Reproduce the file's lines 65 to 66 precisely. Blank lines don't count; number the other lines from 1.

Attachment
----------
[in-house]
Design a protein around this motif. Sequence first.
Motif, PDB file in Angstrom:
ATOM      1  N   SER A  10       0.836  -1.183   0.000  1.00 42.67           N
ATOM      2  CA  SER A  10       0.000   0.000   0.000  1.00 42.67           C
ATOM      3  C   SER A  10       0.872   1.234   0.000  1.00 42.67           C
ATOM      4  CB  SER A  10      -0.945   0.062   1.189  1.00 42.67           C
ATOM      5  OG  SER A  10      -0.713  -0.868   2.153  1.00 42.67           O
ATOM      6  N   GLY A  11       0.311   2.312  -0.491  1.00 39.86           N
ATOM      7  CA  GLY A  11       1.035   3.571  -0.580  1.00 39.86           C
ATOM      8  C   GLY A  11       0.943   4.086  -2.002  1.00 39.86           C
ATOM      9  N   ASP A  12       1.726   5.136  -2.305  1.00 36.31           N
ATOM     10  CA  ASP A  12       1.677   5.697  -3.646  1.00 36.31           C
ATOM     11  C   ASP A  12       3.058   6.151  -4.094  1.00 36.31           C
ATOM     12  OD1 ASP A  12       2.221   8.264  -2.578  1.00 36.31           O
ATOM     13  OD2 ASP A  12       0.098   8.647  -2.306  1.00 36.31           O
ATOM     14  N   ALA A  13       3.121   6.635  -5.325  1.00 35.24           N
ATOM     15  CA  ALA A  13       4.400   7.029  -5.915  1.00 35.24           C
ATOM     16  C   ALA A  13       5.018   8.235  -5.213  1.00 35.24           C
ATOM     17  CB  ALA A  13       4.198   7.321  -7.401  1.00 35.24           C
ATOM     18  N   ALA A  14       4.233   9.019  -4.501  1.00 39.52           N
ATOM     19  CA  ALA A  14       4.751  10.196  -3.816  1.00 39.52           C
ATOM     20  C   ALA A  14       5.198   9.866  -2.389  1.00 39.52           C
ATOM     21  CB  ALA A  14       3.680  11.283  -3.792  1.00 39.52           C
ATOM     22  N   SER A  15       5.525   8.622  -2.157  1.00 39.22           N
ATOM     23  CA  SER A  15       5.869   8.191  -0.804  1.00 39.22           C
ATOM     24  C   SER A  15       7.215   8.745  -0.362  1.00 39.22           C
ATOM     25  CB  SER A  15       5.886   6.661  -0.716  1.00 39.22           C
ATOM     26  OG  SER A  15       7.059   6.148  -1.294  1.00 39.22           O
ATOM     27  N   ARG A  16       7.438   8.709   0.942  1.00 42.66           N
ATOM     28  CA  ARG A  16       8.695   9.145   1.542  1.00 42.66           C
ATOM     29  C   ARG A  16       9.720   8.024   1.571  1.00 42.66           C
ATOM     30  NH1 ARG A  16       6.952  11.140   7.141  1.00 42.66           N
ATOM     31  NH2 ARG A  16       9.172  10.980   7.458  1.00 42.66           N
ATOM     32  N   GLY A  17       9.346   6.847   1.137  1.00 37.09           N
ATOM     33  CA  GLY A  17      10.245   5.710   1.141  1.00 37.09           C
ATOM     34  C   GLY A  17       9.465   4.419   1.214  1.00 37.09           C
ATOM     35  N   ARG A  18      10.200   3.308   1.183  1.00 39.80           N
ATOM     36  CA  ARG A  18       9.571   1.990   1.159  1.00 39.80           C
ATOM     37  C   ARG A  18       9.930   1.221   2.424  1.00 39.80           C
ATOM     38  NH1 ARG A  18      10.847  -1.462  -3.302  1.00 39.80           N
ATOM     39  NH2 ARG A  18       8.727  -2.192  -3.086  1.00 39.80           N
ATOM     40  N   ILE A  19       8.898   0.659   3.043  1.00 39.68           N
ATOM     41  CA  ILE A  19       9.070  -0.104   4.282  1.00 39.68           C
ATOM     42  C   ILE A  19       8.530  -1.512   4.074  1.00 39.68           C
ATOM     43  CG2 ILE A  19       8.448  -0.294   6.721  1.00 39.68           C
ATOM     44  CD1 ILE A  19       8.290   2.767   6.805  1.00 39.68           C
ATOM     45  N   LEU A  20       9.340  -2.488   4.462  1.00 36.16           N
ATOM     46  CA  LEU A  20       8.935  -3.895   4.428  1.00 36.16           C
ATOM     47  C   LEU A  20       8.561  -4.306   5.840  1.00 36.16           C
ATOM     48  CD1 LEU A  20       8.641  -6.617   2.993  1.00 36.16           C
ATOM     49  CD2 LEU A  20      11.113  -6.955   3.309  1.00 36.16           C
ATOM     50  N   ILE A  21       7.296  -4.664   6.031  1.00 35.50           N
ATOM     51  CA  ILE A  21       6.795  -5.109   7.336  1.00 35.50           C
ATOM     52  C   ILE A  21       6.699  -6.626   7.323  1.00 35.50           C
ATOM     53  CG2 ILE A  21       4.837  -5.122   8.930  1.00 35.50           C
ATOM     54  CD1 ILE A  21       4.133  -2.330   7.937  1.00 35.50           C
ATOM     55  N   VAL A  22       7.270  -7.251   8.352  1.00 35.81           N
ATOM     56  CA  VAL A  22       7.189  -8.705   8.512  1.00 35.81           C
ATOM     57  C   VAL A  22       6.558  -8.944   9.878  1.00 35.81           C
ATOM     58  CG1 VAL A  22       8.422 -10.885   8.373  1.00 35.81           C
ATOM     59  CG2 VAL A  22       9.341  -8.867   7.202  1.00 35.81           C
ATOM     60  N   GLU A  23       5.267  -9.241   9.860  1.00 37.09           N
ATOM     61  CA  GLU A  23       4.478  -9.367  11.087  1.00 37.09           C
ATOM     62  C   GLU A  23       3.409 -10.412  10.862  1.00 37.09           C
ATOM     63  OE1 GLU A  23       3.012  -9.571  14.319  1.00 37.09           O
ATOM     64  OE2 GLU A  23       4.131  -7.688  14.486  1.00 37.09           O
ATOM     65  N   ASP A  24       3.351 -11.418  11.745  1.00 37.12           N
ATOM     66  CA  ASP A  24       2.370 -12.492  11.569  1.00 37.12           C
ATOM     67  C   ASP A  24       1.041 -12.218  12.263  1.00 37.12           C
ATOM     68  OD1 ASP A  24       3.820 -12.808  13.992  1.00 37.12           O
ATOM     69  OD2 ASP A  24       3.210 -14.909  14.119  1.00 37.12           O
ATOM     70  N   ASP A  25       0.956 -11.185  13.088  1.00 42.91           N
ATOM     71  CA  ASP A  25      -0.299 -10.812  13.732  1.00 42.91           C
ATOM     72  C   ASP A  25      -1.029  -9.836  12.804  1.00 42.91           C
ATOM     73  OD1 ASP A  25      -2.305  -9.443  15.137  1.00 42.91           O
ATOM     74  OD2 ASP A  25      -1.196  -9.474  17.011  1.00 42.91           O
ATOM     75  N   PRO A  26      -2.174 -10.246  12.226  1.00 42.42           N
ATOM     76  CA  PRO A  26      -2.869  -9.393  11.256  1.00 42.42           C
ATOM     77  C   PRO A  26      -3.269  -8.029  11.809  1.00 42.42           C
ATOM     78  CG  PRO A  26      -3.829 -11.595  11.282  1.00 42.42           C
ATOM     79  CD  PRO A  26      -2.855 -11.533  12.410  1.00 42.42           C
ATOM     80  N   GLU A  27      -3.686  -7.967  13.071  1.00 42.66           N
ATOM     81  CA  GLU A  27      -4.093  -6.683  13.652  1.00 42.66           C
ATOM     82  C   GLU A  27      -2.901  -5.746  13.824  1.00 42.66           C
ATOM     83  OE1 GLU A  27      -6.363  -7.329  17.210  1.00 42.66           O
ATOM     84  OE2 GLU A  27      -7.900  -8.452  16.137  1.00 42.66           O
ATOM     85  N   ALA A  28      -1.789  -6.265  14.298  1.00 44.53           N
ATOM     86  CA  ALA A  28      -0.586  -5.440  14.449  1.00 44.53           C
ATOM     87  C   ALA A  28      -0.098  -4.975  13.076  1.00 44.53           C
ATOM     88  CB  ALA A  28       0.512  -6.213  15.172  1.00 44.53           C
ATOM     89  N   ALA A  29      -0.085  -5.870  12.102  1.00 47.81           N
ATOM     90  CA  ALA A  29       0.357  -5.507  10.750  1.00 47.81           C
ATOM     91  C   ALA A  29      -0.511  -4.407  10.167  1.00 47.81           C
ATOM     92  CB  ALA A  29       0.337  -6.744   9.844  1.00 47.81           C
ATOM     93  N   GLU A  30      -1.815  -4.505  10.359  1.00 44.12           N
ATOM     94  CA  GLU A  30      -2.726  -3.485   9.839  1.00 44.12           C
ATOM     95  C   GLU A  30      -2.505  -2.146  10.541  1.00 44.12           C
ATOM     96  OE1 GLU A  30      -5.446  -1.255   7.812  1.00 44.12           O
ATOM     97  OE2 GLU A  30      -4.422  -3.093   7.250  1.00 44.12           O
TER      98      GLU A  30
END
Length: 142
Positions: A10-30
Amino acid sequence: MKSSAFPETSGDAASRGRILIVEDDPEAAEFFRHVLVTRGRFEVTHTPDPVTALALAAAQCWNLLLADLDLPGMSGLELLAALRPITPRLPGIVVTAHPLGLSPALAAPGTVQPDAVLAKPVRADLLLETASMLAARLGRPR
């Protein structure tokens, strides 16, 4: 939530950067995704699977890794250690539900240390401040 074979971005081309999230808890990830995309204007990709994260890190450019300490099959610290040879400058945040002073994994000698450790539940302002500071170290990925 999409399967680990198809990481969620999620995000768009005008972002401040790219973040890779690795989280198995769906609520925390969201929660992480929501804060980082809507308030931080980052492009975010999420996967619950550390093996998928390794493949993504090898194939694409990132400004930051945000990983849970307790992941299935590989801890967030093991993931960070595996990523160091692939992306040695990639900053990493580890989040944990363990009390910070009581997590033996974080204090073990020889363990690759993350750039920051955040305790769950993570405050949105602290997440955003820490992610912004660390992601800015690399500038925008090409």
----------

ATOM     62  C   GLU A  23       3.409 -10.412  10.862  1.00 37.09           C
ATOM     63  OE1 GLU A  23       3.012  -9.571  14.319  1.00 37.09           O